Paper doi abstract bibtex

Small-scale (less than ∼15 km) precipitation variability significantly affects the hydrologic response of a basin and the accurate estimation of water and energy fluxes through coupled land–atmosphere modeling schemes. It also affects the radiative transfer through precipitating clouds and thus rainfall estimation from microwave sensors. Because both land–atmosphere and cloud–radiation interactions are nonlinear and occur over a broad range of scales (from a few centimeters to several kilometers), it is important that, over these scales, cloud-resolving numerical models realistically reproduce the observed precipitation variability. This issue is examined herein by using a suite of multiscale statistical methods to compare the scale dependence of precipitation variability of a numerically simulated convective storm with that observed by radar. In particular, Fourier spectrum, structure function, and moment-scale analyses are used to show that, although the variability of modeled precipitation agrees with that observed for scales larger than approximately 5 times the model resolution, the model shows a falloff in variability at smaller scales. Thus, depending upon the smallest scale at which variability is considered to be important for a specific application, one has to resort either to very high resolution model runs (resolutions 5 times higher than the scale of interest) or to stochastic methods that can introduce the missing small-scale variability. The latter involve upscaling the model output to a scale approximately 5 times the model resolution and then stochastically downscaling it to smaller scales. The results of multiscale analyses, such as those presented herein, are key to the implementation of such stochastic downscaling methodologies.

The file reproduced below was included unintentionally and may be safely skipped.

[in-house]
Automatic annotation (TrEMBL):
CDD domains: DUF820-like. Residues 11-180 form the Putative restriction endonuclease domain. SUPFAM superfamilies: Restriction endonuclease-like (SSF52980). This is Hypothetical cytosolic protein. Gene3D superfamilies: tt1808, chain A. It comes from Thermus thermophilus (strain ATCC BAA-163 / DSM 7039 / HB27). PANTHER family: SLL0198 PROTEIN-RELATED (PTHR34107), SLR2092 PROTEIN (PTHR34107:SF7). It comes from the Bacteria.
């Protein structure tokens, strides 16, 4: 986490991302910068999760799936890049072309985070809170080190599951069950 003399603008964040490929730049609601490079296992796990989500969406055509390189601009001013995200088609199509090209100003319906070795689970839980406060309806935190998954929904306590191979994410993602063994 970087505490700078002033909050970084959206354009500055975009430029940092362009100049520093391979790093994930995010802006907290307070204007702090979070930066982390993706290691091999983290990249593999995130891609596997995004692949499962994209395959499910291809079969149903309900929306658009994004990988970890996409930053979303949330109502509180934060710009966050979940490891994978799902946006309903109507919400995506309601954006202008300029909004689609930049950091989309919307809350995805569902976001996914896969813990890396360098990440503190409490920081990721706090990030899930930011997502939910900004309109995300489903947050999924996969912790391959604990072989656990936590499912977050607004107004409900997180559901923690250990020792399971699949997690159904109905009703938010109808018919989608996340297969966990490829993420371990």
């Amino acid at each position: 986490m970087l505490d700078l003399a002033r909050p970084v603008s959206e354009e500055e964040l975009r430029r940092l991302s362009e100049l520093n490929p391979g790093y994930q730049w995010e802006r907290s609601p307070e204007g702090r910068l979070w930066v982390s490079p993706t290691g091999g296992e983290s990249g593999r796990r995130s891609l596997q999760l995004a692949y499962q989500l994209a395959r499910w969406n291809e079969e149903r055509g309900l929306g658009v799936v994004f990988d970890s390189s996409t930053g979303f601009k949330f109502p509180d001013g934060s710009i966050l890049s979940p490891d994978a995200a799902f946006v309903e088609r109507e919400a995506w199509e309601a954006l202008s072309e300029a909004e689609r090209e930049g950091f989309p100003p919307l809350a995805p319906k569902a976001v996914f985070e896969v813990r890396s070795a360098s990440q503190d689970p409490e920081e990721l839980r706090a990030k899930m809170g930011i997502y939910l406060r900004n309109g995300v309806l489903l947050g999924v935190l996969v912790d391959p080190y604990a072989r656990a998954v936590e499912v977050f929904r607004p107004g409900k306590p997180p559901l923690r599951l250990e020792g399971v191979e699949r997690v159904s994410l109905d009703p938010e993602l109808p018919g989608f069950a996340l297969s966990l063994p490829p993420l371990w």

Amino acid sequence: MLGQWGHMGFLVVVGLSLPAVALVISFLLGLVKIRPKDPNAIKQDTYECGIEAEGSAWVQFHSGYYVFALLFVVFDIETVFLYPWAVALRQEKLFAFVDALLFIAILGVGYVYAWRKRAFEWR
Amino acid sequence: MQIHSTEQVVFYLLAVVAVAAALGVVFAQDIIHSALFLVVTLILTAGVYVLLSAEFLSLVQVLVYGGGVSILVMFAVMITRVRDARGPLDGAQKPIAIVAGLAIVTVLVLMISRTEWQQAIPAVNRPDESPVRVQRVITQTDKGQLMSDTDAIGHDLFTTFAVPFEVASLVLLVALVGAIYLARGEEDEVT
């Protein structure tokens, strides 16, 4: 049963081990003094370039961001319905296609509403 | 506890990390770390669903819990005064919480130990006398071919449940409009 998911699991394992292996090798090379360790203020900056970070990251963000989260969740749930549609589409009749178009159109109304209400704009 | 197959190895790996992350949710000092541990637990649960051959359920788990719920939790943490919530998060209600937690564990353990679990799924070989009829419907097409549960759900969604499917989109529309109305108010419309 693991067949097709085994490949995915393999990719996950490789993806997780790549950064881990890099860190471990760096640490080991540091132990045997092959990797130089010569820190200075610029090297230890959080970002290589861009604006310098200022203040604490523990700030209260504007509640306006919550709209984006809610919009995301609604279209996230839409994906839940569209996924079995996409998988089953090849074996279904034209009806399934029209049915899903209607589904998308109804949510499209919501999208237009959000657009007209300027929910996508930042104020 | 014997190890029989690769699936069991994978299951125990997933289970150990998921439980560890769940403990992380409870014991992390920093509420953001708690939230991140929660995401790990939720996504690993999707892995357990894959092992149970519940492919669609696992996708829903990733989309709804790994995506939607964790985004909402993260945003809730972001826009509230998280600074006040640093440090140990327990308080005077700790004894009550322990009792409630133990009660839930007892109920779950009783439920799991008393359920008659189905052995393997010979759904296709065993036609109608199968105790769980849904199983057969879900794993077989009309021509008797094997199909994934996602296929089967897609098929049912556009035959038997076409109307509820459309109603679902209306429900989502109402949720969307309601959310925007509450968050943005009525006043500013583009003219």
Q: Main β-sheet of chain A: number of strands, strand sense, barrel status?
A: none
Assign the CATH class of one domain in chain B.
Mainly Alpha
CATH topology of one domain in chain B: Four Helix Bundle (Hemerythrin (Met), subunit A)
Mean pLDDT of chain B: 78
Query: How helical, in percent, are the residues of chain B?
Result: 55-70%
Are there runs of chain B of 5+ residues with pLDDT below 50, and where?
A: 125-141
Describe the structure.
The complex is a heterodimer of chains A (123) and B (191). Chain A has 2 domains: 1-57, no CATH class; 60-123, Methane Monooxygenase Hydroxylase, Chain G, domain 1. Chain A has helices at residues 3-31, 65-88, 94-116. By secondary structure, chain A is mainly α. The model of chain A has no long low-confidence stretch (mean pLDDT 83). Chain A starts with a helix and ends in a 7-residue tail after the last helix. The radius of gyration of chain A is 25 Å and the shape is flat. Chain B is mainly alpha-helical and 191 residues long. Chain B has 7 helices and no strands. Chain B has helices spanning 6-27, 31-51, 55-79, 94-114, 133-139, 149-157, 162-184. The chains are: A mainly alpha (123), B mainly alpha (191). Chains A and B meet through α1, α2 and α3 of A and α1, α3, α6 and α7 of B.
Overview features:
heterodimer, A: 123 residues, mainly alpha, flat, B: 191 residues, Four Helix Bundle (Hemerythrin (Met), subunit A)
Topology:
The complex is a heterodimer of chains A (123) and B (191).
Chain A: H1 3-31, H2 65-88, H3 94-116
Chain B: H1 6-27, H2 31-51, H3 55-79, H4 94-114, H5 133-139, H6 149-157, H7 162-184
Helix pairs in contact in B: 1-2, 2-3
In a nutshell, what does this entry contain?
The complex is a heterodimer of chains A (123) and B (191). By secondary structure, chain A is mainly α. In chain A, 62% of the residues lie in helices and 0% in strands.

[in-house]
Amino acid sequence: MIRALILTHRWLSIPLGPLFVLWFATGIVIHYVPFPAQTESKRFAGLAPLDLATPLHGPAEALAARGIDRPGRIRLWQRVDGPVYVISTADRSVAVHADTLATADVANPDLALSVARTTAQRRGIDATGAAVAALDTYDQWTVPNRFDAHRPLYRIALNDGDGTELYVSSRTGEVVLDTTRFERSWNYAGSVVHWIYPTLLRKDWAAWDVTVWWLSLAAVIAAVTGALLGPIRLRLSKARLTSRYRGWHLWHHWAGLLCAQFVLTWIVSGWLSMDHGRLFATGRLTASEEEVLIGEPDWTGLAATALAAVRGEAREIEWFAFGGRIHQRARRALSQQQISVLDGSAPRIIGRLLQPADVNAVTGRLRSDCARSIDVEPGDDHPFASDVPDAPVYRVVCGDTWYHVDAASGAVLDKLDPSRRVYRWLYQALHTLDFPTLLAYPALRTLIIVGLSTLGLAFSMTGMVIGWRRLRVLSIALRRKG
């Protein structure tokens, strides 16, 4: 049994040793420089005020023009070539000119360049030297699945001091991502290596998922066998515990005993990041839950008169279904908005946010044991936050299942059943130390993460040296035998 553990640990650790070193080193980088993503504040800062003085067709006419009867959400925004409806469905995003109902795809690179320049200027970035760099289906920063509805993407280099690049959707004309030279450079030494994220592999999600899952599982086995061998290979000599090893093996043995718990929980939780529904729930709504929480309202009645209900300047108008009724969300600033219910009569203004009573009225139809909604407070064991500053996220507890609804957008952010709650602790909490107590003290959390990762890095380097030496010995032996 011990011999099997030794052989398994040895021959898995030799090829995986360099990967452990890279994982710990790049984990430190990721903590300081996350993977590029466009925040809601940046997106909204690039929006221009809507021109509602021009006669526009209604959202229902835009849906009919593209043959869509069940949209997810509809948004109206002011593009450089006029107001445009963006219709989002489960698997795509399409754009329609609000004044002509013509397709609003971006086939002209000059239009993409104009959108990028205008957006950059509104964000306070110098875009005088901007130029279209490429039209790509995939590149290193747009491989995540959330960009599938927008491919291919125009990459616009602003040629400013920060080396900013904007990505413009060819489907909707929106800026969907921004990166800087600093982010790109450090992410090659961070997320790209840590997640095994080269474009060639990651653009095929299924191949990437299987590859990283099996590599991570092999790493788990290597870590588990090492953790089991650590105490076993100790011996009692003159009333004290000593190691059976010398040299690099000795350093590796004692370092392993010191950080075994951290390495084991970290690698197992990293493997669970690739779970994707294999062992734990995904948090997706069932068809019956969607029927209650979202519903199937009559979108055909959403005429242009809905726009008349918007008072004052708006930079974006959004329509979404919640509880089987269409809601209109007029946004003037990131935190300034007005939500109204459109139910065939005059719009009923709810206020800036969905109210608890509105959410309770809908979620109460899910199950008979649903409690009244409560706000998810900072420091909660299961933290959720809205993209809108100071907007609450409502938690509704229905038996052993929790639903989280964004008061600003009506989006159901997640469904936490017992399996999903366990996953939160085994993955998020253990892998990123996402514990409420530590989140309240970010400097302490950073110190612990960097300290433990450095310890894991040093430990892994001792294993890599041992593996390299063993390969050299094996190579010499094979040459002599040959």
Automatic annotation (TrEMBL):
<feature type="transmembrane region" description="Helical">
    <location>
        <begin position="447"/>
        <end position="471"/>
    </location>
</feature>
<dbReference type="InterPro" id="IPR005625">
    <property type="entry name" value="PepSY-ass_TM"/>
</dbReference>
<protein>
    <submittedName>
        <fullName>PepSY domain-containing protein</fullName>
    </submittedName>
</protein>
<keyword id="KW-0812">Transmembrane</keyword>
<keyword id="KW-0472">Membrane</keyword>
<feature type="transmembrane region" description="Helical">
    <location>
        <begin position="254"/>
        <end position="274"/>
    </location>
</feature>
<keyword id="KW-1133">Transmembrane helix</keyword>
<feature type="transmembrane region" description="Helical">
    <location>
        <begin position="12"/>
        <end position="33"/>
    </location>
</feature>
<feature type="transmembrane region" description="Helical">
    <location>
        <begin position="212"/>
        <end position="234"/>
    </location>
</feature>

@article{harris_multiscale_2001, title = {Multiscale {Statistical} {Properties} of a {High}-{Resolution} {Precipitation} {Forecast}}, volume = {2}, issn = {1525-755X}, url = {http://journals.ametsoc.org/doi/full/10.1175/1525-7541(2001)002%3C0406%3AMSPOAH%3E2.0.CO%3B2}, doi = {10.1175/1525-7541(2001)002<0406:MSPOAH>2.0.CO;2}, abstract = {Small-scale (less than ∼15 km) precipitation variability significantly affects the hydrologic response of a basin and the accurate estimation of water and energy fluxes through coupled land–atmosphere modeling schemes. It also affects the radiative transfer through precipitating clouds and thus rainfall estimation from microwave sensors. Because both land–atmosphere and cloud–radiation interactions are nonlinear and occur over a broad range of scales (from a few centimeters to several kilometers), it is important that, over these scales, cloud-resolving numerical models realistically reproduce the observed precipitation variability. This issue is examined herein by using a suite of multiscale statistical methods to compare the scale dependence of precipitation variability of a numerically simulated convective storm with that observed by radar. In particular, Fourier spectrum, structure function, and moment-scale analyses are used to show that, although the variability of modeled precipitation agrees with that observed for scales larger than approximately 5 times the model resolution, the model shows a falloff in variability at smaller scales. Thus, depending upon the smallest scale at which variability is considered to be important for a specific application, one has to resort either to very high resolution model runs (resolutions 5 times higher than the scale of interest) or to stochastic methods that can introduce the missing small-scale variability. The latter involve upscaling the model output to a scale approximately 5 times the model resolution and then stochastically downscaling it to smaller scales. The results of multiscale analyses, such as those presented herein, are key to the implementation of such stochastic downscaling methodologies.}, number = {4}, urldate = {2015-11-03TZ}, journal = {Journal of Hydrometeorology}, author = {Harris, Daniel and Foufoula-Georgiou, Efi and Droegemeier, Kelvin K. and Levit, Jason J.}, month = aug, year = {2001}, pages = {406--418} }

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